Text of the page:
NPMA Helps Consumers and Pros Stay Informed Part II of II

Continuing from Monday…

Registering New/Existing/Legacy Pesticides for the Professional Market for the Control of Bed Bugs – Recent studies have shown that bed bugs of this generation are becoming pesticide resistant. The NPMA is asking the Environmental Protection Agency to review their pesticide registration process and eliminate or minimize barriers to introducing new bed bug pesticide products.  The NPMA suggests that the EPA have an “accelerated review of new products, adjustment of registration fees, and determine if those changes can be made administratively or require a statutory fix.”

Assigning of Specific Responsibilities to Landlords, Tenants & Pest Management Professionals (PMPs) in the Management & Prevention of Bed Bug Infestations in Multi-Family Housing – Recognizing that bed bug infestations in multi-family housing units cannot be properly managed without the cooperation of tenants, landlords, and pest management professionals, the NPMA supports statewide measures outlining clear guidelines that all parties should follow when an infestation occurs.  The NPMA believes that it is important to place no blame on anyone who is suffering with a bed bug infestation.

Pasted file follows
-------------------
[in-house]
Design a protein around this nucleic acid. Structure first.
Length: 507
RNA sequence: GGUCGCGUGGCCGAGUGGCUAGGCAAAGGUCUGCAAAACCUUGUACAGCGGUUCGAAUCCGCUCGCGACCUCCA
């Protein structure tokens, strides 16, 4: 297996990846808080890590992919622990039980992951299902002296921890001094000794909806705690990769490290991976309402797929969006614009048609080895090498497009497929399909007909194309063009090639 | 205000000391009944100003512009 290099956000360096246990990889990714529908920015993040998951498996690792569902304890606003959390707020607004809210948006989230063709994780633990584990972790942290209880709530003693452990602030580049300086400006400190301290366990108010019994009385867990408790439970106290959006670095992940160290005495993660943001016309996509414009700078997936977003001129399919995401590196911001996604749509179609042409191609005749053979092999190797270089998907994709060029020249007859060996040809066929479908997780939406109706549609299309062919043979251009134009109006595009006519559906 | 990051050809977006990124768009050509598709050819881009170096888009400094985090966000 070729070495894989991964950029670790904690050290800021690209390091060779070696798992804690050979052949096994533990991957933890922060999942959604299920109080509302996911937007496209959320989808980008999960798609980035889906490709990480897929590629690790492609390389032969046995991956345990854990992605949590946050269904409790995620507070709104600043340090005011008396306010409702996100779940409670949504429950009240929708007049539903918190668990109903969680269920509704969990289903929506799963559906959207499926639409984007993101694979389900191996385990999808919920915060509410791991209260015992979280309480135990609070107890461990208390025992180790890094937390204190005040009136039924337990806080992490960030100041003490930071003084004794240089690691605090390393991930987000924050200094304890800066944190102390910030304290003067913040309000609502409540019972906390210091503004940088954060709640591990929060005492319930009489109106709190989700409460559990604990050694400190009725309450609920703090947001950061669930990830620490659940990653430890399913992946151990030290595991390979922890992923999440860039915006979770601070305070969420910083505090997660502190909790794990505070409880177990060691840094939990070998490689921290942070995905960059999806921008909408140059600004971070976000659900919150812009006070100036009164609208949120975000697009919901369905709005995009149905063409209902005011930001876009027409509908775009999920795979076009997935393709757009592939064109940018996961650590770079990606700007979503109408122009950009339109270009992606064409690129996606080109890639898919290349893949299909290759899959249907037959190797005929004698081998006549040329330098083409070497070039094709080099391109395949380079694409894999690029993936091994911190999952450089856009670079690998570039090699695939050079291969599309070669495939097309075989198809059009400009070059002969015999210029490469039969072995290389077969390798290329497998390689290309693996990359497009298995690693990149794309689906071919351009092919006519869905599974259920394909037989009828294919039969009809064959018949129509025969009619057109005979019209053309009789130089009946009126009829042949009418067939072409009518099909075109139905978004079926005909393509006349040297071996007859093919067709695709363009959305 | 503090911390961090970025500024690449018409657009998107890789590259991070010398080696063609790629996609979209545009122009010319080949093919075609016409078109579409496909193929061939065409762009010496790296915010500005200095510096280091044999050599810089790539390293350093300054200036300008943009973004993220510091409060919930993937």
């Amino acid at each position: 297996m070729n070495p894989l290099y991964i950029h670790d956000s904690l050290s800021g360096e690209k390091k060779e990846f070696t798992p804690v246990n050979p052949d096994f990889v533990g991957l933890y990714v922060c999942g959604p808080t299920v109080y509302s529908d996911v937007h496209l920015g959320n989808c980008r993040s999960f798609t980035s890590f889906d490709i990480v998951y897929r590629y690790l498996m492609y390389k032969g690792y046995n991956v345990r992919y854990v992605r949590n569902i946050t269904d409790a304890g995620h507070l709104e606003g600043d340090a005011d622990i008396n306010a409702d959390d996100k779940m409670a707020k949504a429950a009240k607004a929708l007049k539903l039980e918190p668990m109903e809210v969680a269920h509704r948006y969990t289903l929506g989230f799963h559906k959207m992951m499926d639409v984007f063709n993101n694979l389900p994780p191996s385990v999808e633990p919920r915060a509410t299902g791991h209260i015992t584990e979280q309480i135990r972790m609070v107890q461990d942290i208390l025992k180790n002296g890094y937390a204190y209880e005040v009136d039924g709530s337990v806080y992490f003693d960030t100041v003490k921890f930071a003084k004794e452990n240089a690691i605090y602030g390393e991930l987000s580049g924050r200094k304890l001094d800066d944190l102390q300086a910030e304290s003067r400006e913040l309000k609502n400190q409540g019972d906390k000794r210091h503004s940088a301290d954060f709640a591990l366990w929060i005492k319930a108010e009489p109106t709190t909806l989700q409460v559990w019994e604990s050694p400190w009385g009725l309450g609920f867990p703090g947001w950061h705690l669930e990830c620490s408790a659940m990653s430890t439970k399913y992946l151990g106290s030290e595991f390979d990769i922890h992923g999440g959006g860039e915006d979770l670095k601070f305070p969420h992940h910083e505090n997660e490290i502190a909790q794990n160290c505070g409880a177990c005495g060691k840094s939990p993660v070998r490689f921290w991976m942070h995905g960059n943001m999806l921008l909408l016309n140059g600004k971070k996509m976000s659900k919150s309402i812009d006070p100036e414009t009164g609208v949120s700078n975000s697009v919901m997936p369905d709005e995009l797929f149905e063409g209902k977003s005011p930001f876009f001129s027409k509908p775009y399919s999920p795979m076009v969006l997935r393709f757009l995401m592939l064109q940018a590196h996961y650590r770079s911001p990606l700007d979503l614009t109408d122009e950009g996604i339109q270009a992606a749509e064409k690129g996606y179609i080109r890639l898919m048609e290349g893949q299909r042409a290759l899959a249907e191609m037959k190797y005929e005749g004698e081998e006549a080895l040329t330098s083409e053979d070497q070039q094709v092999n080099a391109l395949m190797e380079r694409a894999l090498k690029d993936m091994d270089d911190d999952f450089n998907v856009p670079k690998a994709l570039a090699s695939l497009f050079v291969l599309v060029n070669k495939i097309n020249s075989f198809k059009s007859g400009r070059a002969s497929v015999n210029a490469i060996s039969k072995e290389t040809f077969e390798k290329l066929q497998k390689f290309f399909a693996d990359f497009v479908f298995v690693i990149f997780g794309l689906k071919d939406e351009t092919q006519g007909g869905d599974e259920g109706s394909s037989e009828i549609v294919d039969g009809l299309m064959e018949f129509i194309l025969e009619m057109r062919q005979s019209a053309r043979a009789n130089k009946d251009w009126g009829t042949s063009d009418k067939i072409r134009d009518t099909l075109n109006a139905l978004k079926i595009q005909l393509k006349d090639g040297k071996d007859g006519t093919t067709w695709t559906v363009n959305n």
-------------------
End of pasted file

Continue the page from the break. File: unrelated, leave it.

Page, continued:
Including Bed Bugs in the Legal Definition of “Vermin or “Pest” – Bed bug infestations not only cause significant financial strains on consumers, they can also cause negative health issues.  Reactions to bed bug bites vary from person to person and range from mild to severe.  Additionally, many people report suffering adverse emotional and psychological side effects from having a bed bug infestation.  Government agencies across the United States continue to regard bed bug infestations as a “nuisance”, but for those who suffer through the relentless bloodsucking attacks, these bugs are worse than a “nuisance”  The NPMA supports and encourages efforts made to add bed bugs to a jurisdiction or health code’s legal definition of the term “vermin” or “pest”.